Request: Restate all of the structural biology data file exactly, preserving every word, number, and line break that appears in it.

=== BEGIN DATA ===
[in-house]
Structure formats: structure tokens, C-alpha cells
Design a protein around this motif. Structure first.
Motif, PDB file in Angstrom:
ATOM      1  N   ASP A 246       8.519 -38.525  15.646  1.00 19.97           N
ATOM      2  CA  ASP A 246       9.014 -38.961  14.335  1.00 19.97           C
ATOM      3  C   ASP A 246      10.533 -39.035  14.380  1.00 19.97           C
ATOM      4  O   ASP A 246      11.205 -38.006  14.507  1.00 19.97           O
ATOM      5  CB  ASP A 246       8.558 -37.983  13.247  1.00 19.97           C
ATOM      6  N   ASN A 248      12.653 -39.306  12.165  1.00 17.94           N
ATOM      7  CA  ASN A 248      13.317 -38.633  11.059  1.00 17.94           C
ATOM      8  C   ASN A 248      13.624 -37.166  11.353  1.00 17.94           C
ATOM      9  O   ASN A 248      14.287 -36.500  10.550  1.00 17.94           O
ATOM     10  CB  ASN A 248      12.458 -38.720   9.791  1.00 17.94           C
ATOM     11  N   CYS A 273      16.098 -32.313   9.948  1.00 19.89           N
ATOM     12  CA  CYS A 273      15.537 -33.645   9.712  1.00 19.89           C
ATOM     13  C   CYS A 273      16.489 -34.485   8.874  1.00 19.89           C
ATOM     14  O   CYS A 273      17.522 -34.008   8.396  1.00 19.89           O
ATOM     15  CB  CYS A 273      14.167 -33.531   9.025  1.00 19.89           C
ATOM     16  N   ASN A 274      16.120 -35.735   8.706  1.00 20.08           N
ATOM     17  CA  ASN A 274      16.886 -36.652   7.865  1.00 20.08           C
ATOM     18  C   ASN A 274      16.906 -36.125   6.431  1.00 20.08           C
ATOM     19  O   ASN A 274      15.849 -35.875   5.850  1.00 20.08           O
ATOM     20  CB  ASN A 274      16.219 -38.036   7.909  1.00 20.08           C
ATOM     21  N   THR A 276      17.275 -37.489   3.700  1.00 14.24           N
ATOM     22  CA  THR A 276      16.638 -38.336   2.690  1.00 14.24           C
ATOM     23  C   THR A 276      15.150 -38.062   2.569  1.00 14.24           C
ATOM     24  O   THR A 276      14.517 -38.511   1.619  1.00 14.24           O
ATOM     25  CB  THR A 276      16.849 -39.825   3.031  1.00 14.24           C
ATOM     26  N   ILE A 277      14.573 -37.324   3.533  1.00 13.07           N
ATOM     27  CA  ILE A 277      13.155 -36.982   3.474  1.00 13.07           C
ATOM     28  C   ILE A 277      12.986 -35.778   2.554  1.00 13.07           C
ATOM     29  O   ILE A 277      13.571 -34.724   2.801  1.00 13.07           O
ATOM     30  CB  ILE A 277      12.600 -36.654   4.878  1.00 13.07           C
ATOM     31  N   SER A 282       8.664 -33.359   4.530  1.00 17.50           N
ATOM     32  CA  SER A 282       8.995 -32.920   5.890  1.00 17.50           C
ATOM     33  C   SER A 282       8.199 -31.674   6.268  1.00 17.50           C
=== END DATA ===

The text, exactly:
[in-house]
Structure formats: structure tokens, C-alpha cells
Design a protein around this motif. Structure first.
Motif, PDB file in Angstrom:
ATOM      1  N   ASP A 246       8.519 -38.525  15.646  1.00 19.97           N
ATOM      2  CA  ASP A 246       9.014 -38.961  14.335  1.00 19.97           C
ATOM      3  C   ASP A 246      10.533 -39.035  14.380  1.00 19.97           C
ATOM      4  O   ASP A 246      11.205 -38.006  14.507  1.00 19.97           O
ATOM      5  CB  ASP A 246       8.558 -37.983  13.247  1.00 19.97           C
ATOM      6  N   ASN A 248      12.653 -39.306  12.165  1.00 17.94           N
ATOM      7  CA  ASN A 248      13.317 -38.633  11.059  1.00 17.94           C
ATOM      8  C   ASN A 248      13.624 -37.166  11.353  1.00 17.94           C
ATOM      9  O   ASN A 248      14.287 -36.500  10.550  1.00 17.94           O
ATOM     10  CB  ASN A 248      12.458 -38.720   9.791  1.00 17.94           C
ATOM     11  N   CYS A 273      16.098 -32.313   9.948  1.00 19.89           N
ATOM     12  CA  CYS A 273      15.537 -33.645   9.712  1.00 19.89           C
ATOM     13  C   CYS A 273      16.489 -34.485   8.874  1.00 19.89           C
ATOM     14  O   CYS A 273      17.522 -34.008   8.396  1.00 19.89           O
ATOM     15  CB  CYS A 273      14.167 -33.531   9.025  1.00 19.89           C
ATOM     16  N   ASN A 274      16.120 -35.735   8.706  1.00 20.08           N
ATOM     17  CA  ASN A 274      16.886 -36.652   7.865  1.00 20.08           C
ATOM     18  C   ASN A 274      16.906 -36.125   6.431  1.00 20.08           C
ATOM     19  O   ASN A 274      15.849 -35.875   5.850  1.00 20.08           O
ATOM     20  CB  ASN A 274      16.219 -38.036   7.909  1.00 20.08           C
ATOM     21  N   THR A 276      17.275 -37.489   3.700  1.00 14.24           N
ATOM     22  CA  THR A 276      16.638 -38.336   2.690  1.00 14.24           C
ATOM     23  C   THR A 276      15.150 -38.062   2.569  1.00 14.24           C
ATOM     24  O   THR A 276      14.517 -38.511   1.619  1.00 14.24           O
ATOM     25  CB  THR A 276      16.849 -39.825   3.031  1.00 14.24           C
ATOM     26  N   ILE A 277      14.573 -37.324   3.533  1.00 13.07           N
ATOM     27  CA  ILE A 277      13.155 -36.982   3.474  1.00 13.07           C
ATOM     28  C   ILE A 277      12.986 -35.778   2.554  1.00 13.07           C
ATOM     29  O   ILE A 277      13.571 -34.724   2.801  1.00 13.07           O
ATOM     30  CB  ILE A 277      12.600 -36.654   4.878  1.00 13.07           C
ATOM     31  N   SER A 282       8.664 -33.359   4.530  1.00 17.50           N
ATOM     32  CA  SER A 282       8.995 -32.920   5.890  1.00 17.50           C
ATOM     33  C   SER A 282       8.199 -31.674   6.268  1.00 17.50           C